• Jonathan Livingston Seagull, by Richard Bach was only picked up by Macmillan publishing, in 1970, after eighteen other publishers had rejected it. Within five years it had sold over seven million copies.
  • Who can forget that all time classic Gone with the Wind by Margaret Mitchell?  If the twenty five publishers who rejected it before it was finally accepted had got their way, none of us would ever have heard of it.
  • Remember MASH the movie and spin off TV series about the Korean war?  The author of the original blockbuster novel, Richard Hooker, spent seven years tirelessly working on it, only to see it rejected by twenty one publishers.  Morrow eventually decided to publish it and the rest, as they say, is history.
  • The original Chicken Soup for the Soul book from the now hugely successful series was turned down by a total of one hundred and twenty three publishers across the US, including thirty three in New York alone, for being ‘too nice’.  Health Communications Inc, who finally made ‘The Call’ to publish it must be laughing all the way to the bank.  The first book alone sold eight million copies and spawned a series which now has thirty two titles and has chalked up fifty three million sales in thirty one languages.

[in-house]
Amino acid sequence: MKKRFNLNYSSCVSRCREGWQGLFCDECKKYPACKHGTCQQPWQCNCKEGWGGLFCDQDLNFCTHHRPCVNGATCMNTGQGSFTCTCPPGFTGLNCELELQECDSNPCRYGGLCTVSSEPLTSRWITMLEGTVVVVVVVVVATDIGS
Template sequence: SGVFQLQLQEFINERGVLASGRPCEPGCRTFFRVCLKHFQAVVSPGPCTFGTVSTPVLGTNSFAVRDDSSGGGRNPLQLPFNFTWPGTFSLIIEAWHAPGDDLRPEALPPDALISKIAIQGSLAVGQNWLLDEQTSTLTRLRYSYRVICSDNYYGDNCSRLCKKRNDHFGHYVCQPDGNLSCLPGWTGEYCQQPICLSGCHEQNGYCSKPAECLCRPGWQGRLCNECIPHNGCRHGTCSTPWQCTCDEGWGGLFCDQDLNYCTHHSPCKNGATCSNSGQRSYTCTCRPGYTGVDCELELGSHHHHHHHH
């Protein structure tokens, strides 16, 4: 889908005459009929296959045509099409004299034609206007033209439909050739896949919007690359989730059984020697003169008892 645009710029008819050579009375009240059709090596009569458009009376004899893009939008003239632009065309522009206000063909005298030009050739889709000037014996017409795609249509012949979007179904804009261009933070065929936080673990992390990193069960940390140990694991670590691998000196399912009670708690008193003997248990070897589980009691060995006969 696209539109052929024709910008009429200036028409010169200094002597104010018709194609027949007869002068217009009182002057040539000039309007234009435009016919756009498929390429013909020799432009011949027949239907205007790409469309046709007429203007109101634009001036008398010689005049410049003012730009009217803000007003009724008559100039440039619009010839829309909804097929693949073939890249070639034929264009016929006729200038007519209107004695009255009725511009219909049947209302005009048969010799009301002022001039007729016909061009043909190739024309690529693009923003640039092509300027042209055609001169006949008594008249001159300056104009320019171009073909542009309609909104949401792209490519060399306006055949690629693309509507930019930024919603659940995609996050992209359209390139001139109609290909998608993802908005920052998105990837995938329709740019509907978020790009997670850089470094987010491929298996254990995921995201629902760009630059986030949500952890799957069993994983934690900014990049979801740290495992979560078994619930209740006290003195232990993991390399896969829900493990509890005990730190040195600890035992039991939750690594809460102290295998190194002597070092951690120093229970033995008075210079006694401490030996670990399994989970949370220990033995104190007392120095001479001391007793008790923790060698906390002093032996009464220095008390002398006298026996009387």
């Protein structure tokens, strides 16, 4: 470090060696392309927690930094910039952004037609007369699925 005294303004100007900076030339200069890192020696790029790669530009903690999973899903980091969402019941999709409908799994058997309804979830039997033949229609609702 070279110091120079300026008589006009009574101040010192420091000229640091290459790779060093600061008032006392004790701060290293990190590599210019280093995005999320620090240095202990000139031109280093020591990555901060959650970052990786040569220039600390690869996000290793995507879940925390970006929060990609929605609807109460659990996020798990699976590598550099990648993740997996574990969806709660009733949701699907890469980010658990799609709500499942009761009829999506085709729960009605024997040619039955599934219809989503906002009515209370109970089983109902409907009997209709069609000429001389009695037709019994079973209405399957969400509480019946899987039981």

• Who doesn’t love that anti-hero The Grinch?  If Dr. Seuss had listened to the twenty seven publishers who rejected his first children’s book, And to Think That I Saw it on Mulberry Street, before it was eventually published by Vanguard press, selling six million copies, that green harbinger of Christmas gloom would have forever dwelled in Seuss’ imagination, along with the Cat in the Hat, Horton and hundreds of his other characters.